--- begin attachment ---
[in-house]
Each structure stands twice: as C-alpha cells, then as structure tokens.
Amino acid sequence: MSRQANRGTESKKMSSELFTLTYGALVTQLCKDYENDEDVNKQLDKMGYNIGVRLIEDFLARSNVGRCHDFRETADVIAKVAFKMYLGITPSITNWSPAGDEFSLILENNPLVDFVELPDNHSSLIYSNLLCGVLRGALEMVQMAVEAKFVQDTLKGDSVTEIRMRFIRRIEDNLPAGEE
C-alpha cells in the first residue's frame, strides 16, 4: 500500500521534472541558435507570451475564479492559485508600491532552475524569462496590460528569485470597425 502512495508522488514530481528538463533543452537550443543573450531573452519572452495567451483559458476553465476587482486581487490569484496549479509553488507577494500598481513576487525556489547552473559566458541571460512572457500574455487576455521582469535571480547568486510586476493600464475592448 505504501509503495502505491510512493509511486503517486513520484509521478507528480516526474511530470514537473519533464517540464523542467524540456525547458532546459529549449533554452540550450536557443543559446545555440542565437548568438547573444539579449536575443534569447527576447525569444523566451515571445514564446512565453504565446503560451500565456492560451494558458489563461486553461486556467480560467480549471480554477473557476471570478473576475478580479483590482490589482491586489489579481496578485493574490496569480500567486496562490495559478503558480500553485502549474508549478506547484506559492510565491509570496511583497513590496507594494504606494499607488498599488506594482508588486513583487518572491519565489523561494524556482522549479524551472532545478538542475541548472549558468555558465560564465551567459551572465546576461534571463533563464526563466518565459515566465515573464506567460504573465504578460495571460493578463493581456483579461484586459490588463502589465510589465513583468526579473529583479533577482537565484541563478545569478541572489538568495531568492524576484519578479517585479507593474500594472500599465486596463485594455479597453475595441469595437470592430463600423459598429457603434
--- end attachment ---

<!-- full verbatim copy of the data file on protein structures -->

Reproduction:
[in-house]
Each structure stands twice: as C-alpha cells, then as structure tokens.
Amino acid sequence: MSRQANRGTESKKMSSELFTLTYGALVTQLCKDYENDEDVNKQLDKMGYNIGVRLIEDFLARSNVGRCHDFRETADVIAKVAFKMYLGITPSITNWSPAGDEFSLILENNPLVDFVELPDNHSSLIYSNLLCGVLRGALEMVQMAVEAKFVQDTLKGDSVTEIRMRFIRRIEDNLPAGEE
C-alpha cells in the first residue's frame, strides 16, 4: 500500500521534472541558435507570451475564479492559485508600491532552475524569462496590460528569485470597425 502512495508522488514530481528538463533543452537550443543573450531573452519572452495567451483559458476553465476587482486581487490569484496549479509553488507577494500598481513576487525556489547552473559566458541571460512572457500574455487576455521582469535571480547568486510586476493600464475592448 505504501509503495502505491510512493509511486503517486513520484509521478507528480516526474511530470514537473519533464517540464523542467524540456525547458532546459529549449533554452540550450536557443543559446545555440542565437548568438547573444539579449536575443534569447527576447525569444523566451515571445514564446512565453504565446503560451500565456492560451494558458489563461486553461486556467480560467480549471480554477473557476471570478473576475478580479483590482490589482491586489489579481496578485493574490496569480500567486496562490495559478503558480500553485502549474508549478506547484506559492510565491509570496511583497513590496507594494504606494499607488498599488506594482508588486513583487518572491519565489523561494524556482522549479524551472532545478538542475541548472549558468555558465560564465551567459551572465546576461534571463533563464526563466518565459515566465515573464506567460504573465504578460495571460493578463493581456483579461484586459490588463502589465510589465513583468526579473529583479533577482537565484541563478545569478541572489538568495531568492524576484519578479517585479507593474500594472500599465486596463485594455479597453475595441469595437470592430463600423459598429457603434